(Disclaimer. Some of you will read this blog and think, “Why doesn’t that skinny bitch shut the f-up?” In Los Angeles I’m not thin. But what I’m trying to demonstrate, is that it doesn’t matter what size a woman is, she’s bound to think she’s lacking. Thank you, advertisers for the rampant body dysmorphia of the 21st century!)
Am I Really Fat? Let’s See …
I’ve been the same weight for approximately five years. 140 lbs. Sometimes I’m up to 143, sometimes down to 137, but almost always exactly at 140. I’m 5 feet 6 1/2 inches tall. I’m 46. So let’s shark about the internet and find out if I’m really fat …
- The National Heart Lung and Blood Institute says a normal BMI is 18.5 – 24.9. When I calculate my BMI I come out at 22.3 which is well within the normal, healthy range.
- Am-i-fat.com says that if I were a female in the U.S. Army my healthy weight would be between 143-147 lbs. Hoo-ahh!
- Myoptumhealth.com says a women my height should weigh between 118-156 lbs.
Clearly I’m in a healthy weight range, just suffering from mild body dysmorphia (which affects approximately 1 in every 50 people). So I’ve decided to do something radical.
I’m Not Going to Lose Weight
Say what? That’s it. I’ve relinquished 130. Would I like 130? Yes. Do I need it? No. I’ve been nit-picking myself about those ten pounds for five years. I’ve been wanting to get back to my pre-child, pre-40s size. Well, I’m done with it and this is why.
The un-retouched girl below is 26-years old and weighs 125 lbs. She’s a size 4. She doesn’t like her body. She’s broken it down into parts as if it were a car. Some parts are acceptable, others she hates.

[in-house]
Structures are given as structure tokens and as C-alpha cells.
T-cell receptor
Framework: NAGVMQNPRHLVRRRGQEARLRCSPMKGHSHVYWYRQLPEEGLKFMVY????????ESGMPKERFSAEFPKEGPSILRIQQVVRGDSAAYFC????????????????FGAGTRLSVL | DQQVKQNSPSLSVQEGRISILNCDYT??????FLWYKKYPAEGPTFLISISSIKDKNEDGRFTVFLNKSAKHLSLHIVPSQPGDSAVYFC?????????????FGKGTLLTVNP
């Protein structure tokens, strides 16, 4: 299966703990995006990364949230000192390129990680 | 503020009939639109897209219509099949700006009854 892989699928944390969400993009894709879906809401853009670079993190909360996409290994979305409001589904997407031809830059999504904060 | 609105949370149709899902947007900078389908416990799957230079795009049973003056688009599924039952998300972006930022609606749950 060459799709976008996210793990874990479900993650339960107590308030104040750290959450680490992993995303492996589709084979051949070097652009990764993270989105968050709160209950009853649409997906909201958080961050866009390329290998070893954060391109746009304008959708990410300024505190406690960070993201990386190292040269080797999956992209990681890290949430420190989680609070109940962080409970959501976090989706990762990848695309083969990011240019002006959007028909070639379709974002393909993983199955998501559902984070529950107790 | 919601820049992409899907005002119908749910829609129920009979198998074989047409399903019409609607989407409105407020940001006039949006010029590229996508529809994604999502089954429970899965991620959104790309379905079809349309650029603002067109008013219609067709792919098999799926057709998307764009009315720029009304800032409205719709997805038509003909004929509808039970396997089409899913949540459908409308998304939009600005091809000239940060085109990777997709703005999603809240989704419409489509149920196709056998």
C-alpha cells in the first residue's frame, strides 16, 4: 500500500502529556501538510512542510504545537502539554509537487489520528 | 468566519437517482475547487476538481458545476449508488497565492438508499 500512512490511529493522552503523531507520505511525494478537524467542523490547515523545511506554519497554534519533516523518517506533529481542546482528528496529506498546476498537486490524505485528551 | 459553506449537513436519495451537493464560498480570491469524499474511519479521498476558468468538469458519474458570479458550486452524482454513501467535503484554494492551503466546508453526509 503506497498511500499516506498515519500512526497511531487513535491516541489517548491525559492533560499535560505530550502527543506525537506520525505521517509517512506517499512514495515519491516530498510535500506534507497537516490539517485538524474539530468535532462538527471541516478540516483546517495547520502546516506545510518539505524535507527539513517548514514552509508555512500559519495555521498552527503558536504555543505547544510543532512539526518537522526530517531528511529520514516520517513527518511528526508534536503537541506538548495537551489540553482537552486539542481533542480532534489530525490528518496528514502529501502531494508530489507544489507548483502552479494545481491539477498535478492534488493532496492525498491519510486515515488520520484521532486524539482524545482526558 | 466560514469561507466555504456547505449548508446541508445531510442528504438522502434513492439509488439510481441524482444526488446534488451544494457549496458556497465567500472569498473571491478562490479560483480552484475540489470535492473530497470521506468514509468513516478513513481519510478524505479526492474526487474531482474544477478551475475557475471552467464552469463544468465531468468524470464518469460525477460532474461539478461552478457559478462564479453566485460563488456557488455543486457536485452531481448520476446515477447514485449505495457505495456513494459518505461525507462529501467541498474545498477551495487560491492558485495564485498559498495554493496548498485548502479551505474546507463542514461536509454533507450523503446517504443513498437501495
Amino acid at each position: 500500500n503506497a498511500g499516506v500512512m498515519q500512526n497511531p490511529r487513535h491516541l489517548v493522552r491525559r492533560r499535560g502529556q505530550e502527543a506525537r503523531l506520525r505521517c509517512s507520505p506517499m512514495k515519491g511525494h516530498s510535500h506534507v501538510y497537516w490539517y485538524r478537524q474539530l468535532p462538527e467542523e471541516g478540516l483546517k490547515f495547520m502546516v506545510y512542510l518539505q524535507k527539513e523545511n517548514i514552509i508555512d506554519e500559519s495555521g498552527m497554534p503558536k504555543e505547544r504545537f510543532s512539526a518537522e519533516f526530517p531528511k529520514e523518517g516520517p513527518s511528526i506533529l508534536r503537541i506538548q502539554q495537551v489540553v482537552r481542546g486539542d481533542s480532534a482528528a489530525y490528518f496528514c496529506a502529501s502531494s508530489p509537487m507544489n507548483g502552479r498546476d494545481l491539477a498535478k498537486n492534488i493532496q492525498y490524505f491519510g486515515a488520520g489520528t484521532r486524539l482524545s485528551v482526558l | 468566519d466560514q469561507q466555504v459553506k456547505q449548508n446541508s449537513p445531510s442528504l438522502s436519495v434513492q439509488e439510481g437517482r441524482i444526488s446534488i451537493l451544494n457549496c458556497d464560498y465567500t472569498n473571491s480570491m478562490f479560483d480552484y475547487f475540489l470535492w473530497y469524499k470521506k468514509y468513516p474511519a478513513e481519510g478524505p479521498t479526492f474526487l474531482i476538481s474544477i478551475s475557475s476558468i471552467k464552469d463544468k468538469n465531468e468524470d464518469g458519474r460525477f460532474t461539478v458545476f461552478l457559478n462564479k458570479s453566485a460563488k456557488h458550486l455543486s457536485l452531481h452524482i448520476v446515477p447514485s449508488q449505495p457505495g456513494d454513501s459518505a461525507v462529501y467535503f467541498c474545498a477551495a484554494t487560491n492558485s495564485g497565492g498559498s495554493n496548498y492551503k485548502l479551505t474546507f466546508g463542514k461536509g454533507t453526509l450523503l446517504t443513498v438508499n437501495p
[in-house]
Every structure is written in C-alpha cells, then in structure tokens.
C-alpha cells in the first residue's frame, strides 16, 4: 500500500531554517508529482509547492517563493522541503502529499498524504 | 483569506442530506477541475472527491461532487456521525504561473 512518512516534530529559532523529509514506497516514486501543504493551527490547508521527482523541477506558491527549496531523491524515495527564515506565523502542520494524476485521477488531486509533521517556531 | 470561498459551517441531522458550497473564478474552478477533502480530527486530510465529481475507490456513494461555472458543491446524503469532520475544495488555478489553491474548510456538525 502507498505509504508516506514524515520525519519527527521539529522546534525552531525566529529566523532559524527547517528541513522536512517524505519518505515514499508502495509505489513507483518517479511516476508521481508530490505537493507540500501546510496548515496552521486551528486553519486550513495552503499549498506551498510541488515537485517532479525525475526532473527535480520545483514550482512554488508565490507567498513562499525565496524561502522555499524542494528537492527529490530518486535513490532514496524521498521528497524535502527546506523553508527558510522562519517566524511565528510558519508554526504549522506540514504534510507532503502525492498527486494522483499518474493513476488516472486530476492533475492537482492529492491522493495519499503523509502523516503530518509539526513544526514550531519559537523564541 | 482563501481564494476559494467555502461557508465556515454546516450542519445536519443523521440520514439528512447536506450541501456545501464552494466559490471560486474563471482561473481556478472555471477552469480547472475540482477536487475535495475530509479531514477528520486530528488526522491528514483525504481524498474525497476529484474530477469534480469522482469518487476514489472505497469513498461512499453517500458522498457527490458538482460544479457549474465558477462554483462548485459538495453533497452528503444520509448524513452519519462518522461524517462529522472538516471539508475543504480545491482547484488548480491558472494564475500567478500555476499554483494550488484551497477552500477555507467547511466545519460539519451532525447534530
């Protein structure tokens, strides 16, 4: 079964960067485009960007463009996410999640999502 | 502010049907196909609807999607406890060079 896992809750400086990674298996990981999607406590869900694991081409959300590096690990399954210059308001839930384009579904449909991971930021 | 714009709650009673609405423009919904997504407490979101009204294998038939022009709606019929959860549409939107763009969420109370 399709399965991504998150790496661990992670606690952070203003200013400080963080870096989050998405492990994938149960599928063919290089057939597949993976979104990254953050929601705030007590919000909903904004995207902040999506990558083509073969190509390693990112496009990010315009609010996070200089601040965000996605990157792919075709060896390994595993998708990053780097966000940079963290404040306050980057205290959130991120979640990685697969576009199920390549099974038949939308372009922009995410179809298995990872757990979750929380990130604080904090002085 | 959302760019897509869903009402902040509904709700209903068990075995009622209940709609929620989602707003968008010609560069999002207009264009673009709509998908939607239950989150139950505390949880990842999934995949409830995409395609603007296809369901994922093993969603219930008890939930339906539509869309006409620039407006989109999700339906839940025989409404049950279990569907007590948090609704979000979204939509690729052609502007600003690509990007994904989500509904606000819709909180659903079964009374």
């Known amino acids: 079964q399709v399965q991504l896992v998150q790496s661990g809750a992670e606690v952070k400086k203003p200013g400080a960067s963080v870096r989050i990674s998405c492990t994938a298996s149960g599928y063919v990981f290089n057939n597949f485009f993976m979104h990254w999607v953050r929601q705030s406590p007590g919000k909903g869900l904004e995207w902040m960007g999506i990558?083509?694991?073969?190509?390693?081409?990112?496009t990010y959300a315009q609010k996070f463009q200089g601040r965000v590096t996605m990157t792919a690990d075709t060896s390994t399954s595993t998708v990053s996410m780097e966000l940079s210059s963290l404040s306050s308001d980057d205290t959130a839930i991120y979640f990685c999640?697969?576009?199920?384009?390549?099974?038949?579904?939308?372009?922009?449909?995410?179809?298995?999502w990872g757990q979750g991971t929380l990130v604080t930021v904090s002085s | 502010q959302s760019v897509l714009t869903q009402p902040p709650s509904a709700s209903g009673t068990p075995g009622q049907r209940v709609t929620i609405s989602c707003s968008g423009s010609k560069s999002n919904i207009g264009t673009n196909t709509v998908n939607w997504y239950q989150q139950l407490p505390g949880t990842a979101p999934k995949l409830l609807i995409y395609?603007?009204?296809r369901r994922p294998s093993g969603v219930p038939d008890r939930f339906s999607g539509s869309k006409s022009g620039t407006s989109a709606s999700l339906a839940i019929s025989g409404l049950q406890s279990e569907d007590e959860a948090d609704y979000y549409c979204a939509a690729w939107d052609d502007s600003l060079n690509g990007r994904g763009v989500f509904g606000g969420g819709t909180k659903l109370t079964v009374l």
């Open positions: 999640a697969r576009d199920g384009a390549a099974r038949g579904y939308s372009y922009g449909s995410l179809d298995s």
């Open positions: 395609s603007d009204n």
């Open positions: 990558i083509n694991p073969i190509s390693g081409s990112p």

She Thinks She Has Cellulite on Her Bum
She Thinks She Needs Liposuction on Her Thighs
She Thinks Her Breasts Are Too Small
She is me. 20 years ago. With a media-induced case of body dysmorphia disorder.
Deceased Hollywood headshot photographer Helmut Lipschitz took these for a gallery show he was producing. I allowed him to do so as a woman trying to see my real body. Not the inadequate one I thought I had. I look at this girl now and wonder:
“Why did she even wear any clothes? She could’ve just walked around naked all the time!”
Whenever I get the chance I show everyone my nudes. Henry just sighs and says, “I see you’ve managed to get your nudes out again.”
My mom’s group is sick of my nudes. The Jehovah’s Witnesses have stopped coming by. Even the neighborhood realtors don’t leave their flyers in our gate anymore for fear I’ll chase them down the street with my photo album shrieking,”Look at my nudes! Wasn’t I gorgeous?!” (And of course, I won’t be running for public office anytime soon … wonder if they’d let me put my nudes up in the Oval Office?)
Here are Henry and I two summers ago. (We don’t do nudes anymore) I call this our Angie and Brad shot (he’s Angie):
I don’t have the same body I had in my nudes. But … not bad. (Henry’s since lost 10 lbs. Does he have a second family somewhere? Anyone? Anyone?)
Twenty years from now I’ll look back at this photo and think — I looked great.
Why did I worry so much about sucking in my soft round belly? It barely showed! And my kids loved to snuggle on it, my husband too. Why didn’t I enjoy the way I looked and especially the way I felt, which was extravagantly healthy? Why didn’t I carpe the freakin’ diem?
Any woman worth her salt knows all about the photo-shopping and air brushing that runs rampant in the advertising industry, accosting us relentlessly with fake perfection.
If you haven’t you might enjoy seeing photoshopping in action:
As a society we are brainwashed into the perpetual quest for perfection and it’s just NOT POSSIBLE.
So, I won’t be losing weight. What I’ll be doing is developing a healthier relationship with food and maintaining a healthy weight. I don’t have the nerve (yet) to make my own “Muffinlicious” video, but here is one brave woman who has pulled a Jamie Lee Curtis and shown us how to celebrate our imperfections: